• The traditional means of grace are Word, Sacrament, and Prayer. Some add fellowship, also based on Acts 2:42. I’ve always believed we need to do much more with prayer. Most church prayer meetings are small, and so with ours (with thanks, nevertheless, for Ross’s most recent attempt to revive that work through Selah). Until we find that silver bullet, please consider joining us tonight for Selah Prayer at 7:00p. I’m also asking the elders to help me give thought to this crucial means of grace. Your thoughts are welcome as well.

• You may have noticed on Christian websites someone trying to answer the question, “should I forgive a person who hasn’t asked for forgiveness?” or “how can I forgive a person who doesn’t apologize?” The insinuation is there’s a necessary reckoning with the actual offense, a need for some clear application of justice. This is how we see ourselves when we are offended, as the guardians of justice. Millions of marriages are crippled by this simple assumption of how justice must work. Of course, God alone is the guardian of justice (Rom 12:19), but we’ll come back to that.

• When it comes to offenses between people, Paul said simply: “Love keeps no record of wrong” (1 Cor 13:5). In a book that teaches relentlessly “let all that you do be done in love,” the rule of love is there’s no backlog. Love forgives. But how is this fair?

• Jesus taught, “if you do not forgive others their sins, your Father will not forgive your sins” (Mt 6:15). Interestingly this is the one idea pulled out of the Lord’s Prayer and reiterated. In the prayer it’s a given: “forgive us our debts as we also have forgiven our debtors.” But Jesus knows it’s not that easy, so when the prayer is finished he comes back to it: “For if you forgive other people when they sin against you, your heavenly Father will also forgive you. But if you do not forgive others their sins, your Father will not forgive your sins.”

• Now we’re getting to what Jesus considers the real problem: as sinners we are continually jeopardizing our place in the Kingdom by imagining we have the moral superiority to pass judgment on others. The idea is not exactly laughable to Jesus — he takes it too seriously for that — but it’s not hard to imagine him saying something like “this must be some kind of joke.”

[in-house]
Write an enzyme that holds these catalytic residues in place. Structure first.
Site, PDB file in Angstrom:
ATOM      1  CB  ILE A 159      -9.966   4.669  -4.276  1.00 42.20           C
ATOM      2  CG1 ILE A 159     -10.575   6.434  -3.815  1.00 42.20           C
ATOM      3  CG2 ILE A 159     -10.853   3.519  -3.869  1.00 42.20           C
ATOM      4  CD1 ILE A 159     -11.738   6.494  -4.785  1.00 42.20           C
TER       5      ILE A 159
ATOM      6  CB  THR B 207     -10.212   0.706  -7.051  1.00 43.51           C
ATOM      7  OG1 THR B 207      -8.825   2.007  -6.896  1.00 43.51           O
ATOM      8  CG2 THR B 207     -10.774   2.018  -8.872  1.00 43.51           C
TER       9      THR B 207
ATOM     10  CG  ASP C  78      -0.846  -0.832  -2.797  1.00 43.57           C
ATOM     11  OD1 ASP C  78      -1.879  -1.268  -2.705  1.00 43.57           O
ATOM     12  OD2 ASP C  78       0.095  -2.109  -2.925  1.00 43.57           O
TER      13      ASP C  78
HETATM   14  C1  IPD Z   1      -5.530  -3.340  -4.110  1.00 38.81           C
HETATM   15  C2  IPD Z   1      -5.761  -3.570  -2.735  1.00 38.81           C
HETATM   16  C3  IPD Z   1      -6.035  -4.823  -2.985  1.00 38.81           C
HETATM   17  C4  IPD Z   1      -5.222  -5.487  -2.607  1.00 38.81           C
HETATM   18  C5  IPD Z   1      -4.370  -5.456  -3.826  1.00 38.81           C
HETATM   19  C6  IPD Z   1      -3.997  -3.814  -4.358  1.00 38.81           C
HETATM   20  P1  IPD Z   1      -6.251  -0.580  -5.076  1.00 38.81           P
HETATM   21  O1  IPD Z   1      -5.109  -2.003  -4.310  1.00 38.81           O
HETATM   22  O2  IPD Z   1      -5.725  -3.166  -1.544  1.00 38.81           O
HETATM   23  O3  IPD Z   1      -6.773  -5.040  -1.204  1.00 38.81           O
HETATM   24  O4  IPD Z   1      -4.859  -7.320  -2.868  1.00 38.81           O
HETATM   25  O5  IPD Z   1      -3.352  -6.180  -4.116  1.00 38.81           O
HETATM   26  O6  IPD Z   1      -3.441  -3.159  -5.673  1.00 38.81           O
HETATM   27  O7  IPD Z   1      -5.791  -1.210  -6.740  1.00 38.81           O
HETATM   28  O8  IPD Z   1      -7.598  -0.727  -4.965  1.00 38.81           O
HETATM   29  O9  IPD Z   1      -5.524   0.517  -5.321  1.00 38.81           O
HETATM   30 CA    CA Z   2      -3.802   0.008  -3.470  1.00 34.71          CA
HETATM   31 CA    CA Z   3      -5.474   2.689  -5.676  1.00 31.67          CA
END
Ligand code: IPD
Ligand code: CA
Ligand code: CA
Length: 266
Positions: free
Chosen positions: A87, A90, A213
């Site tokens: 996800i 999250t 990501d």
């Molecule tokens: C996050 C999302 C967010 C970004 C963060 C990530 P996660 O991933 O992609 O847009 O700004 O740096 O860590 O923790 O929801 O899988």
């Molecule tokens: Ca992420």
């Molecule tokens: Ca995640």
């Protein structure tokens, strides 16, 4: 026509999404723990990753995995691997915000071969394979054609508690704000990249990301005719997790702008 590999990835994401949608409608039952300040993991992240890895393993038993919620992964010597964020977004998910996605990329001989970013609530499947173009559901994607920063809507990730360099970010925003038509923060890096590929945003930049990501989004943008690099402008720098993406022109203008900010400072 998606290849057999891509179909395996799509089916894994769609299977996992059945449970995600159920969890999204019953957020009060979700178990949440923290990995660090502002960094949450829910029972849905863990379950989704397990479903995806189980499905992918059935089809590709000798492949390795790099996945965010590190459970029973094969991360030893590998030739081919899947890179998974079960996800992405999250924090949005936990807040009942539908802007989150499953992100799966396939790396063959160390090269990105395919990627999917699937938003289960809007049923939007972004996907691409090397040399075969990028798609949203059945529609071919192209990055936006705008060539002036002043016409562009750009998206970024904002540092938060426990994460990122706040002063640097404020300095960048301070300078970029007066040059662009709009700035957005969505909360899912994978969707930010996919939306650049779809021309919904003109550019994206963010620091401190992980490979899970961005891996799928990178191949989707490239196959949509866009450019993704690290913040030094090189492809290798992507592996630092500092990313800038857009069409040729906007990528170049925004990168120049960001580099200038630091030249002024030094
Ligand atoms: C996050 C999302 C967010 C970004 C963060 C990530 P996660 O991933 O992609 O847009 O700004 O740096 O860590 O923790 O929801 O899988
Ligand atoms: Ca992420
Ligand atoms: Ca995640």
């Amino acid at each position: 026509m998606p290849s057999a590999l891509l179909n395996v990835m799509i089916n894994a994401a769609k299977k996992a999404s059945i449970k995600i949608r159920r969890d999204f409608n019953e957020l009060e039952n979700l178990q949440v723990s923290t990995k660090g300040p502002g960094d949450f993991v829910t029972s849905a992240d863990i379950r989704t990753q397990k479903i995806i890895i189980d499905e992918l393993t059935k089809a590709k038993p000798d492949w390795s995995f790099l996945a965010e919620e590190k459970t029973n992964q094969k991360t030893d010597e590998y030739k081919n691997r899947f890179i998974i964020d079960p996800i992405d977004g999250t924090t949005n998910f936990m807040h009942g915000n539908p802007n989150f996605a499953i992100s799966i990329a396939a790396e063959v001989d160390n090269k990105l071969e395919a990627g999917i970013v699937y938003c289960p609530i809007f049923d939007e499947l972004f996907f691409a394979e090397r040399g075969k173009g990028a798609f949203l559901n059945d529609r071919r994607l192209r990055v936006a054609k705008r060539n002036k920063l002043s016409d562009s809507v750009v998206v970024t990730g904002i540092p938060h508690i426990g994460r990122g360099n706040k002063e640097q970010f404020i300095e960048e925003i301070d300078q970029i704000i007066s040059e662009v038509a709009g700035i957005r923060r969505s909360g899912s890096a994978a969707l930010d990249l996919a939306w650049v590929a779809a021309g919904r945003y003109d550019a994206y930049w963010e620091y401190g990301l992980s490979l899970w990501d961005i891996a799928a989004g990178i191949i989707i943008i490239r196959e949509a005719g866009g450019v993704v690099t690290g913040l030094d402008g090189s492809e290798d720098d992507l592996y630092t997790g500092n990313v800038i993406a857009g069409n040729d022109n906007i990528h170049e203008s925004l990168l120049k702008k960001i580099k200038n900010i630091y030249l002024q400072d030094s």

• In Romans 3 Paul frames the reality of our character: “There is no one righteous, not even one; there is no one who understands; there is no one who seeks God. All have turned away… Their throats are open graves; their tongues practice deceit. The poison of vipers is on their lips. Their mouths are full of cursing and bitterness” (Rom 3:10-13).  This is why James says, “there is only one Lawgiver and Judge, the one who is able to save and destroy. But you—who are you to judge your neighbor?” (James 4:12).

• When we entrust all the injustices of our lives to God, we put them in the hands of the only One who sees clearly. So Peter said of Jesus, “when he was reviled, he did not revile in return; when he suffered, he did not threaten, but continued entrusting himself to him who judges justly” (1 Pet 2:23). This is so important. The outcome of trusting the One who judges justly was life and salvation and hope. Our own judgement leads to confused condemnation. God’s justice accomplishes all that is necessary. God’s justice restores. God’s justice heals and binds up. God’s justice leads to a sentence of life, not death.

• I’ve used this little saying a lot but it’s been very helpful for me: Resentment is like taking poison and waiting for the other person to die. Forgiveness is trusting God and waiting for him to bring them, and you, to life.